The MLA for Lesser Slave Lake Danielle Larivee has been through a lot since getting elected back in May of 2015.
Larivee, who also serves as the Minister of Children’s Services, said when she and the NDP took office, Alberta was heading into a recession. The projections were bleak and it hit Albertans hard, but she is proud of the government’s response.
The MLA explained that the province felt that proceeding with layoffs in the civil service would not be an appropriate response because it would worsen the negative impacts already being felt. People still needed some of the services provided by the civil service.
“We made sure that nurses, teachers and other public service workers continued to have their positions,” Larivee said.
The minister said the government strategy to combat the downturn was to invest in infrastructure. Building up infrastructure put people to work when there was a shortage of jobs. The province also benefited with savings due to low cost of contracts.
Now that Alberta has weathered the storm and the economy is recovering, Larivee said the province will need to work on balance. This means the province will look at backing off some projects as the cost of contracts is going up.
During her time in the legislature Larivee prides herself on making sure everyone around the cabinet table knows where the Lesser Slave Lake riding is and what the issues are. She said the region’s affairs have been overlooked for far too long.
Larivee pointed to Northern Lakes College and how the institution had not received a substantial capital investment in some time. Earlier this year the province invested $21.6 million for the new High Prairie Campus. The funding will come over a period of four years.
The province has also provided $290,000 to Northern Lake College for student mental health services and care. This will be given to the college each year for the next three years.
Larivee outlined some of the differences between being solely an MLA versus being a cabinet minister. She compared being a minister to being a CEO of a medium to large corporation.
A benefit of having a seat in cabinet is you are part of the conversation when it comes to determining policy.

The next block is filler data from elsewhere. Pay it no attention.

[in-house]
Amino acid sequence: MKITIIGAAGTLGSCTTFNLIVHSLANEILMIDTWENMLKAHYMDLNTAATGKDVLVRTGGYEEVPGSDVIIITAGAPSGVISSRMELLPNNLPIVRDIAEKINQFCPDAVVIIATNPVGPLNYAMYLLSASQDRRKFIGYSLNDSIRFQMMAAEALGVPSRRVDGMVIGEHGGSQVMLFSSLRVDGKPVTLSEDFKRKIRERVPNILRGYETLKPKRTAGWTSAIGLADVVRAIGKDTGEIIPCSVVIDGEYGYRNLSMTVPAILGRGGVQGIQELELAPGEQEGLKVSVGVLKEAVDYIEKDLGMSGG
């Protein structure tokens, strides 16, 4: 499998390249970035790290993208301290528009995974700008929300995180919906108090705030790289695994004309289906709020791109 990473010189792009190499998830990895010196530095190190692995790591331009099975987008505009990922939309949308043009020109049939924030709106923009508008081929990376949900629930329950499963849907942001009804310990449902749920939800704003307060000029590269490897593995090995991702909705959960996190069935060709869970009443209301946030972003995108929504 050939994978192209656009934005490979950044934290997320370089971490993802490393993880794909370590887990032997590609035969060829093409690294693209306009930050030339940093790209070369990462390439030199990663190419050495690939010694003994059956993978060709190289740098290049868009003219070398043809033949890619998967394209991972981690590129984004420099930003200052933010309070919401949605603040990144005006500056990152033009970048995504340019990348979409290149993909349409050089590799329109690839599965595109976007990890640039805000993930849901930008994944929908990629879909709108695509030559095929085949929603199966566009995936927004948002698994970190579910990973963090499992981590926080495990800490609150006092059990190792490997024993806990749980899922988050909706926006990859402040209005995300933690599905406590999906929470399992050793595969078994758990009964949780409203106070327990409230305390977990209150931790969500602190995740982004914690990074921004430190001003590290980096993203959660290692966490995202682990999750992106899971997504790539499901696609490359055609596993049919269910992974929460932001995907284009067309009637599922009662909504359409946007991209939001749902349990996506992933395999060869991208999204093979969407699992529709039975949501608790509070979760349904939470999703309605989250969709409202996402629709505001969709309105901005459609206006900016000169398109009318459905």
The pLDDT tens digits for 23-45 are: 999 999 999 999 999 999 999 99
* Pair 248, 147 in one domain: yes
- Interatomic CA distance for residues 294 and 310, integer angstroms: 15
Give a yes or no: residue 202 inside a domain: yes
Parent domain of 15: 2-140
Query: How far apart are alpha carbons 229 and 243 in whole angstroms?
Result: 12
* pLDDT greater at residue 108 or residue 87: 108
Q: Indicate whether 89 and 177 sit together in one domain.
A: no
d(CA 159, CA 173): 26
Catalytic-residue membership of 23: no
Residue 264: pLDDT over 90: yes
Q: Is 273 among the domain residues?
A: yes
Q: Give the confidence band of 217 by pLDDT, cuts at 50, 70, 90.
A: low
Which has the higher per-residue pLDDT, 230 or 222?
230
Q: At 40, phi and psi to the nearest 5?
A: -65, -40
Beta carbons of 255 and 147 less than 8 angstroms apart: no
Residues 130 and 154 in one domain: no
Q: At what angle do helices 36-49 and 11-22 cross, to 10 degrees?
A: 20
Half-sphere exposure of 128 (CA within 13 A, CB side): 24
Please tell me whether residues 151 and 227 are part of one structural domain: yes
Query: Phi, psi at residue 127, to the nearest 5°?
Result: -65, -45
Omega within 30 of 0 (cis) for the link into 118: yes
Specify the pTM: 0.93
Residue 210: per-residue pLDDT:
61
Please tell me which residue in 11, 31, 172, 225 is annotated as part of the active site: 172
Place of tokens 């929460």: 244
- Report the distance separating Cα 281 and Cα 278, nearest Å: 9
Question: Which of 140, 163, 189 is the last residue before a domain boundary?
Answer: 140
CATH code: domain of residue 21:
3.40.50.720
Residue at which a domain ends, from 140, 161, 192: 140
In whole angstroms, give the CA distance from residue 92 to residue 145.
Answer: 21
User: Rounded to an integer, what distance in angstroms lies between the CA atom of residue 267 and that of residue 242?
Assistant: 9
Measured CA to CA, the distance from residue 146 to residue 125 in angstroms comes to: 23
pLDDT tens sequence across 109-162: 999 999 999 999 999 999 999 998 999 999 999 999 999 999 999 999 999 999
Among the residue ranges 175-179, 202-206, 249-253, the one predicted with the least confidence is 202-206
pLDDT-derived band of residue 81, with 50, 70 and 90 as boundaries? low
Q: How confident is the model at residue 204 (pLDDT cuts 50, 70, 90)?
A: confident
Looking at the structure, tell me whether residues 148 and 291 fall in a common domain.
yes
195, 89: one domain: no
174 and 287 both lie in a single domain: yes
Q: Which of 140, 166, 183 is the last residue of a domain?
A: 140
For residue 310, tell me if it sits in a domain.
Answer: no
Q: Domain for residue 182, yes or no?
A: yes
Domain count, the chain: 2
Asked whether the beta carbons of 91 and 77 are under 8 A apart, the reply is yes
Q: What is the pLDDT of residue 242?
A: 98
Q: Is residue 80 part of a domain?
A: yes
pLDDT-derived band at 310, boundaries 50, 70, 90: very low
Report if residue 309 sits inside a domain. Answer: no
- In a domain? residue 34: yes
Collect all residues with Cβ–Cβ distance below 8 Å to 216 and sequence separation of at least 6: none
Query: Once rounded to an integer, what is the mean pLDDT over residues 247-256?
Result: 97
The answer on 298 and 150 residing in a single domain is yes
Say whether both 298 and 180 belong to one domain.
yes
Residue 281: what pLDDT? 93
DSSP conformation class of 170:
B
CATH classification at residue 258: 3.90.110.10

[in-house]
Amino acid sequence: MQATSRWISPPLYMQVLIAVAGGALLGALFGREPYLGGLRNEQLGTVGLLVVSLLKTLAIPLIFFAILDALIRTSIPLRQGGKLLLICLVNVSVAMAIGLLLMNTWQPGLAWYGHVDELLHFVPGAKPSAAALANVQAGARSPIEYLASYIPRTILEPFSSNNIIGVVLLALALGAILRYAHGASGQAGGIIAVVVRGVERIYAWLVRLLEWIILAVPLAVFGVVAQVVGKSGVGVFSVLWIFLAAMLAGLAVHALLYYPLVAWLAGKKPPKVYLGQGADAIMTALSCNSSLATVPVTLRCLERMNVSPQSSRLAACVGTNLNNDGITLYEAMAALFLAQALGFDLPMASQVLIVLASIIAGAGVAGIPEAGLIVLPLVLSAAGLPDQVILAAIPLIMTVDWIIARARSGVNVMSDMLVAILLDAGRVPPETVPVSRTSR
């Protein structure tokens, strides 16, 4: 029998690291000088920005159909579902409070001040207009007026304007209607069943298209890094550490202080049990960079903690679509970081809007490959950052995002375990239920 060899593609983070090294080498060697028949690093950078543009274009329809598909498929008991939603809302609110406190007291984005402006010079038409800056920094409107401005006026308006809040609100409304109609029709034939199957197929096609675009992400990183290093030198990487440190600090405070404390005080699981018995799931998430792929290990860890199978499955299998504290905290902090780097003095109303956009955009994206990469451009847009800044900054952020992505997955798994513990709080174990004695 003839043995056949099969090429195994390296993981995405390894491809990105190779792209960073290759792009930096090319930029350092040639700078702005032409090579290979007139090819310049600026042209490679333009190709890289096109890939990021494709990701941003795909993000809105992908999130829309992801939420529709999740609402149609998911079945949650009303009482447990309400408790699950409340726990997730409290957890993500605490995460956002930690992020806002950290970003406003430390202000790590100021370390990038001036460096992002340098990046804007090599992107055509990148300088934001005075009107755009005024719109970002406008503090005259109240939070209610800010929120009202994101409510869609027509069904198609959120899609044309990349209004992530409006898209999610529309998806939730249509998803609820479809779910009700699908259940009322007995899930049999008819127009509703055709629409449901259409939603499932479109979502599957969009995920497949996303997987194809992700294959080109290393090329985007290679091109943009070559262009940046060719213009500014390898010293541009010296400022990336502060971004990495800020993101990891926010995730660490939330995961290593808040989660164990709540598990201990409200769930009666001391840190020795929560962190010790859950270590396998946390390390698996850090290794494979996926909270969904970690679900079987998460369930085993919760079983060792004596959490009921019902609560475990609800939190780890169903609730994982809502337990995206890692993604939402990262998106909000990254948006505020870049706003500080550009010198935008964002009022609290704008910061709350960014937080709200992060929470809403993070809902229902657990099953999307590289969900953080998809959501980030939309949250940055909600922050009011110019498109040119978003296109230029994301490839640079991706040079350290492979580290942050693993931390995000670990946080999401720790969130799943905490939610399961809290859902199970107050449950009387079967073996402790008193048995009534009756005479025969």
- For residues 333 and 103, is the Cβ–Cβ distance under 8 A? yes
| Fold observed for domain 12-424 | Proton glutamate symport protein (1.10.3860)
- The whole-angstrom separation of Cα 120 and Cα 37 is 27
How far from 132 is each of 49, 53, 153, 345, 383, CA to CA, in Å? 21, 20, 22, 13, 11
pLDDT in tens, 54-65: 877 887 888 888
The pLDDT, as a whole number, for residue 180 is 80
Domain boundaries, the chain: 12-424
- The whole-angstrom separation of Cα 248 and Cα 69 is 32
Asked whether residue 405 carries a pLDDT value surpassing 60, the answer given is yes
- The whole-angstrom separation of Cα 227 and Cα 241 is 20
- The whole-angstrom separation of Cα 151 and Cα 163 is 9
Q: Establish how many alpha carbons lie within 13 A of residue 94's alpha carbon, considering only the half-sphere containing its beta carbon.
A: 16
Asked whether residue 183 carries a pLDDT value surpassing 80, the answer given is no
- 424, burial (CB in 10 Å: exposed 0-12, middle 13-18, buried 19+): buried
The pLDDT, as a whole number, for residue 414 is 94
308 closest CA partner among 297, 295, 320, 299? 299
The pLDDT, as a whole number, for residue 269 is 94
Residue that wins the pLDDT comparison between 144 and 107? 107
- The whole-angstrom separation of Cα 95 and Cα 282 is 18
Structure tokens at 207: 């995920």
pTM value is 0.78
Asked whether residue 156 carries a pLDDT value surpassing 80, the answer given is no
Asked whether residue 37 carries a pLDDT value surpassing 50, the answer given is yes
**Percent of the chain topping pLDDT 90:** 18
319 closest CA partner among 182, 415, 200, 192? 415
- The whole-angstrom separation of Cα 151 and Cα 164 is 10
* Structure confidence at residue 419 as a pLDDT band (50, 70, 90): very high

That is weighed against the time demands. As a minister she does not get to spend as much time in the riding. This means a minister may end up missing out on community events. She finds her current portfolio interesting because she was a nurse prior to being elected. At Children’s Services she deals with some of the same issues from nursing.
That is one of two portfolios Larivee has been in charge of. She previously served as the Minister of Municipal Affairs.
“It’s been an incredible privilege to do it,” she said. “I’m very thankful for the opportunity and look forward to continue to do it.”
Biggest Successes so far
When it comes to the biggest successes, Larivee pointed to several accompaniments. First was the response to the Fort McMurray wildfire in 2016. The response efforts fell under her portfolio at the time. She was proud to be able to provide was she called a “compassionate and strong response” to the wildfire. She felt it was meaningful to be able to help another community through a disaster similar to what she saw in Slave Lake during the 2011 wildfire.
Next was the stable presence during the economic downturn and finally the work to support gay strait alliances in Alberta Schools.
Larivee explained the financial situation of the province continues to be a challenge. The energy industry is changing globally and it can be difficult to dealing with. The question facing the government is how to move the province forward while the world is changing how they deal with energy.
“We certainly worked hard to position Alberta for the future in terms of continuing to be a global centre for the energy industry and support industry to move forward and modernize,” she said.
The future: finding balance
Looking to the future Larivee said the province will have to find a balance when toning back on the efforts to get the economy to recover. This means the province will have start spreading out the infrastructure building now that costs are going up, while maintaining health care and education. She said Premier Rachel Notley calls this “compassionate belt tightening.”